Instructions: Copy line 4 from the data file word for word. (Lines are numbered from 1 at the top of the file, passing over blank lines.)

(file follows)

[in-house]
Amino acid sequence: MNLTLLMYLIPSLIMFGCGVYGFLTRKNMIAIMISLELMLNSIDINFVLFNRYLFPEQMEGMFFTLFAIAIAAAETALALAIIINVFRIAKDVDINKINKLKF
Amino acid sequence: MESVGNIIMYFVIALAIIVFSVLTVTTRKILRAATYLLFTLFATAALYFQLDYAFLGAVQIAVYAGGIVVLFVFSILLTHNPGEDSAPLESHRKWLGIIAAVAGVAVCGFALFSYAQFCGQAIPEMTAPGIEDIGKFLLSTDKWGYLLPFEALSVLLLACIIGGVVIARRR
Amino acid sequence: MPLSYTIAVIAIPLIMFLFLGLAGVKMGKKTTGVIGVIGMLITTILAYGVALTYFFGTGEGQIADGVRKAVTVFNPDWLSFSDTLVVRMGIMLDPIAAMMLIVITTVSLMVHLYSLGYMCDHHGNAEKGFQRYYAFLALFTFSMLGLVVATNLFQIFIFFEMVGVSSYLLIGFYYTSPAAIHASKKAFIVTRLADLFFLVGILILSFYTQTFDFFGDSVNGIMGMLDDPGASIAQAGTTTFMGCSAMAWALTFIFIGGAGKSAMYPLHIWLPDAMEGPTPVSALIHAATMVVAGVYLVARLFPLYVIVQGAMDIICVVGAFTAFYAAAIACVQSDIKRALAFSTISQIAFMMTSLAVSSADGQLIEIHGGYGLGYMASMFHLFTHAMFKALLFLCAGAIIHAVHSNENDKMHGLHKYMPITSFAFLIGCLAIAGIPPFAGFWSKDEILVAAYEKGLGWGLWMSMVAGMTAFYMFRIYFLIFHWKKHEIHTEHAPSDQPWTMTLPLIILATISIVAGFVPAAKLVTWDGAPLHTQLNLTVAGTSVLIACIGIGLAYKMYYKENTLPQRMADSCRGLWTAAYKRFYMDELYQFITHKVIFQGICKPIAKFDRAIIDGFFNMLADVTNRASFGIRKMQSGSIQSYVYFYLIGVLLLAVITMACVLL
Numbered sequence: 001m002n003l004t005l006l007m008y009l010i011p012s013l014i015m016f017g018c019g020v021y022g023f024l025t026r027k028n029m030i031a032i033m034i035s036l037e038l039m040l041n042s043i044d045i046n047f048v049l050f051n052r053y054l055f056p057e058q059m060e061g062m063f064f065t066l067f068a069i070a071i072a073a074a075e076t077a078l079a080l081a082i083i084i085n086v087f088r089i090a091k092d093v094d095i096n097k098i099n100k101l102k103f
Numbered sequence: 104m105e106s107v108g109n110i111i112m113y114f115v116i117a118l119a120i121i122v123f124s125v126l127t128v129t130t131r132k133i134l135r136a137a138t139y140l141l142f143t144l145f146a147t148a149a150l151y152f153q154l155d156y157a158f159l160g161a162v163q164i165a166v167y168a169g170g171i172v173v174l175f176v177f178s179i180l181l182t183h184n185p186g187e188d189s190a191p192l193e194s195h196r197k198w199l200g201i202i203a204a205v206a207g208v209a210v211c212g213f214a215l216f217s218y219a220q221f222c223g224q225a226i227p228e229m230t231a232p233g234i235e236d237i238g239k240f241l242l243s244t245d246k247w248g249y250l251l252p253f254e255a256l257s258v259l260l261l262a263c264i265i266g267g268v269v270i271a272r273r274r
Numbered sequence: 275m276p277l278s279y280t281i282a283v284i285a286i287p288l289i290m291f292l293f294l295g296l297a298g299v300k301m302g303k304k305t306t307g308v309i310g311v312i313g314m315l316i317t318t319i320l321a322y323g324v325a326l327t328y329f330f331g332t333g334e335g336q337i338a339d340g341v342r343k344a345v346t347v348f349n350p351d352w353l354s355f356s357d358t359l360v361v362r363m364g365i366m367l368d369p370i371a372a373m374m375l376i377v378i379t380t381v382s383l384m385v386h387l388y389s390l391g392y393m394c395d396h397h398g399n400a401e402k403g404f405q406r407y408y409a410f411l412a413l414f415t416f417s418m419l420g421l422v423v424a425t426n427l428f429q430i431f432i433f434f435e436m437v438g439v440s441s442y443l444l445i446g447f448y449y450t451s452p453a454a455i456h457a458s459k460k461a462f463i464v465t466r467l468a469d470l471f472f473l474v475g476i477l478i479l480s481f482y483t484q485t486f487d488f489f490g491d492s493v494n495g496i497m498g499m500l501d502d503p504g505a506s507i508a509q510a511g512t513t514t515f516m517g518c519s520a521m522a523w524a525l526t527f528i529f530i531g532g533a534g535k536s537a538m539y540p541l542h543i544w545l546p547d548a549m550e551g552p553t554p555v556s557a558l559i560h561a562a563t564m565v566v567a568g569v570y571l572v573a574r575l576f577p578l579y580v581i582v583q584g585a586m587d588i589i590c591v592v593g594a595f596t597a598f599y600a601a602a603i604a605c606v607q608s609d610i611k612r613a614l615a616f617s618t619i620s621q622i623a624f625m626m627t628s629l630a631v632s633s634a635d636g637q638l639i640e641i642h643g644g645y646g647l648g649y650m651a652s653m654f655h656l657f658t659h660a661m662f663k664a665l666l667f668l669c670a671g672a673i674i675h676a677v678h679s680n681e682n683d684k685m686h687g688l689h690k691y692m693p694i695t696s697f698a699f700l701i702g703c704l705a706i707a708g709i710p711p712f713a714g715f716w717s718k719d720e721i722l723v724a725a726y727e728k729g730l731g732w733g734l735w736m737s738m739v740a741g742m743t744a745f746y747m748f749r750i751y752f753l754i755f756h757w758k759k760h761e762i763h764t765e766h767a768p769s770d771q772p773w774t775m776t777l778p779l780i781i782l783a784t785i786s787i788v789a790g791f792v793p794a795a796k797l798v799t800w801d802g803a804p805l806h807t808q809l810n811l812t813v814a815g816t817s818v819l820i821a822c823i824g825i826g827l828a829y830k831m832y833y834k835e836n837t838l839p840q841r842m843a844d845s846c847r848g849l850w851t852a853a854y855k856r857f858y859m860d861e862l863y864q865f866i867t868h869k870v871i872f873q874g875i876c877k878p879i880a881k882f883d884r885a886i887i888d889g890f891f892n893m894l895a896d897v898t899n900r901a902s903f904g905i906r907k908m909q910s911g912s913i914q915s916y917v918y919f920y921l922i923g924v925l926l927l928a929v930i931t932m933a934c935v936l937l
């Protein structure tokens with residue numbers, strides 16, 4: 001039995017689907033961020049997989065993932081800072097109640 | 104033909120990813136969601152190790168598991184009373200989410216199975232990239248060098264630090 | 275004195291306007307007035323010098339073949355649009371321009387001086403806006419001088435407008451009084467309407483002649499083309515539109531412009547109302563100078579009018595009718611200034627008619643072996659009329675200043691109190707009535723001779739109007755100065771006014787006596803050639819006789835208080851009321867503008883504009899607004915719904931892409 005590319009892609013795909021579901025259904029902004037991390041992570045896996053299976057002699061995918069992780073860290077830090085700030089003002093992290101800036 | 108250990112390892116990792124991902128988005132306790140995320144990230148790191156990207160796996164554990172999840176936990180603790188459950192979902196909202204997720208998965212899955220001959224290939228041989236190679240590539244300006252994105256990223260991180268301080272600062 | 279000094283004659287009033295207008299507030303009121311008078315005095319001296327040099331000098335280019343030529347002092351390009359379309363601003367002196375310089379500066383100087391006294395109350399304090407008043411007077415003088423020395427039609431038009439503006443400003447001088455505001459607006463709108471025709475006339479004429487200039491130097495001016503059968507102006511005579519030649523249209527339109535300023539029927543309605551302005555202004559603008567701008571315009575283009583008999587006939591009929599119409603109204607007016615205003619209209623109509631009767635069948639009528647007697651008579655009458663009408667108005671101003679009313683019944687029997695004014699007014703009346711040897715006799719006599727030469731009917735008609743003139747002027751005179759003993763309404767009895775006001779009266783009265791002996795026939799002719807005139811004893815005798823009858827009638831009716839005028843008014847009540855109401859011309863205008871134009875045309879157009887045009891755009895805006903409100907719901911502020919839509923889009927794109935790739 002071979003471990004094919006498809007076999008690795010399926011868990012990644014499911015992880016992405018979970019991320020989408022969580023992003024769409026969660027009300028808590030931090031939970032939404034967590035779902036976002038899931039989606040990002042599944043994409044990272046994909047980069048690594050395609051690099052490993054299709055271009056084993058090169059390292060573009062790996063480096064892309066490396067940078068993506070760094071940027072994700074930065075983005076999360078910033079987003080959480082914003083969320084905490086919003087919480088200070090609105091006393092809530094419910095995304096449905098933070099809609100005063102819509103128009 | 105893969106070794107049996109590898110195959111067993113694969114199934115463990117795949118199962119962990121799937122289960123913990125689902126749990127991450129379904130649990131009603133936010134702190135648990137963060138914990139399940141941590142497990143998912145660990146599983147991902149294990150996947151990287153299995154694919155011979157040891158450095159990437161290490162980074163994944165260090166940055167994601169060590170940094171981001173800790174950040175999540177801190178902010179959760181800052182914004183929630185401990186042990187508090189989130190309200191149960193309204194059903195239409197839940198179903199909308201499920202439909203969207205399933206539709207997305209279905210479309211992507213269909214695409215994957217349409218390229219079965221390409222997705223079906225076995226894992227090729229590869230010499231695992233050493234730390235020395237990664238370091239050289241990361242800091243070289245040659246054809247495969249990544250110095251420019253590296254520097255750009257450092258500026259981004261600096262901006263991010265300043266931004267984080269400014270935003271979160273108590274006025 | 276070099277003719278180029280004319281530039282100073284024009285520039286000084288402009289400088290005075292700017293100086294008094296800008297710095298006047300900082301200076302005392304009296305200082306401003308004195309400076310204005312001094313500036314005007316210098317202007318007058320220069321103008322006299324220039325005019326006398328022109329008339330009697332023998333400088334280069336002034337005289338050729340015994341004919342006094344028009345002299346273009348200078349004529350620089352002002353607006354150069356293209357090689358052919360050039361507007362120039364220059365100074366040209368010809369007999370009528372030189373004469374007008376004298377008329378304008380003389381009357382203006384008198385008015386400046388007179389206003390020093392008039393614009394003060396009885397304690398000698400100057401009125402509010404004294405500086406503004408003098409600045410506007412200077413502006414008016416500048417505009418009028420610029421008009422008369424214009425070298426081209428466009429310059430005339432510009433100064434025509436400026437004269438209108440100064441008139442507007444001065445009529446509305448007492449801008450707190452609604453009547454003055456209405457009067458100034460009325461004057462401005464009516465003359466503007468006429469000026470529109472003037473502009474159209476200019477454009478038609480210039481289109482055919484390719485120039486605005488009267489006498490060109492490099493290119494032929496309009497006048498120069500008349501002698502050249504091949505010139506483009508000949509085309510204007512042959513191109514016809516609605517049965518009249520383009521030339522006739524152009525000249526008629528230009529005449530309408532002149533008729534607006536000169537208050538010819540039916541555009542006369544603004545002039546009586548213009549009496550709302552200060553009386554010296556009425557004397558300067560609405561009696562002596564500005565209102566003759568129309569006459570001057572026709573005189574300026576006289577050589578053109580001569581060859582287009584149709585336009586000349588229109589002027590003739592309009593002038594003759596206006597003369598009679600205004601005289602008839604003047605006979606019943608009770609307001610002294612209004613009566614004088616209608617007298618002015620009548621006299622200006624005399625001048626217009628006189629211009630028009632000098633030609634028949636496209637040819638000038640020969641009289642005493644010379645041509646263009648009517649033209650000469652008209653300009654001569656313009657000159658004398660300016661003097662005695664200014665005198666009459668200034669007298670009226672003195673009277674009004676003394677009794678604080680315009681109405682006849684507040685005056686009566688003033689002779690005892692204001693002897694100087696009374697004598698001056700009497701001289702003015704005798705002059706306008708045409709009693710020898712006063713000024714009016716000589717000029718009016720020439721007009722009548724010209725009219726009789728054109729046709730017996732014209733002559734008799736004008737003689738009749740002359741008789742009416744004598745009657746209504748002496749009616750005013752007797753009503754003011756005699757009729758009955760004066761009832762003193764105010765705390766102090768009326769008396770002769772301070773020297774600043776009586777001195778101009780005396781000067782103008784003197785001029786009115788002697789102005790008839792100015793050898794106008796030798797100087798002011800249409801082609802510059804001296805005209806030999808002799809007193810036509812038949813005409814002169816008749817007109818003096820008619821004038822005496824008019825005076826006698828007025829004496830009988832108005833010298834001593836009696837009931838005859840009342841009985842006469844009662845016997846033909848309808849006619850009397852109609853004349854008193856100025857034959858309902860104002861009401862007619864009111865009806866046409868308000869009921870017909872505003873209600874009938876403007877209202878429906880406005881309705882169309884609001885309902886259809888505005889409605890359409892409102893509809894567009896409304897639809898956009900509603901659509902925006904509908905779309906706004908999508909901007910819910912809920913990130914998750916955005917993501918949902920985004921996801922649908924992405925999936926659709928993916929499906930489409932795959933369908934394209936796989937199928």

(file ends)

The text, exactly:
Amino acid sequence: MPLSYTIAVIAIPLIMFLFLGLAGVKMGKKTTGVIGVIGMLITTILAYGVALTYFFGTGEGQIADGVRKAVTVFNPDWLSFSDTLVVRMGIMLDPIAAMMLIVITTVSLMVHLYSLGYMCDHHGNAEKGFQRYYAFLALFTFSMLGLVVATNLFQIFIFFEMVGVSSYLLIGFYYTSPAAIHASKKAFIVTRLADLFFLVGILILSFYTQTFDFFGDSVNGIMGMLDDPGASIAQAGTTTFMGCSAMAWALTFIFIGGAGKSAMYPLHIWLPDAMEGPTPVSALIHAATMVVAGVYLVARLFPLYVIVQGAMDIICVVGAFTAFYAAAIACVQSDIKRALAFSTISQIAFMMTSLAVSSADGQLIEIHGGYGLGYMASMFHLFTHAMFKALLFLCAGAIIHAVHSNENDKMHGLHKYMPITSFAFLIGCLAIAGIPPFAGFWSKDEILVAAYEKGLGWGLWMSMVAGMTAFYMFRIYFLIFHWKKHEIHTEHAPSDQPWTMTLPLIILATISIVAGFVPAAKLVTWDGAPLHTQLNLTVAGTSVLIACIGIGLAYKMYYKENTLPQRMADSCRGLWTAAYKRFYMDELYQFITHKVIFQGICKPIAKFDRAIIDGFFNMLADVTNRASFGIRKMQSGSIQSYVYFYLIGVLLLAVITMACVLL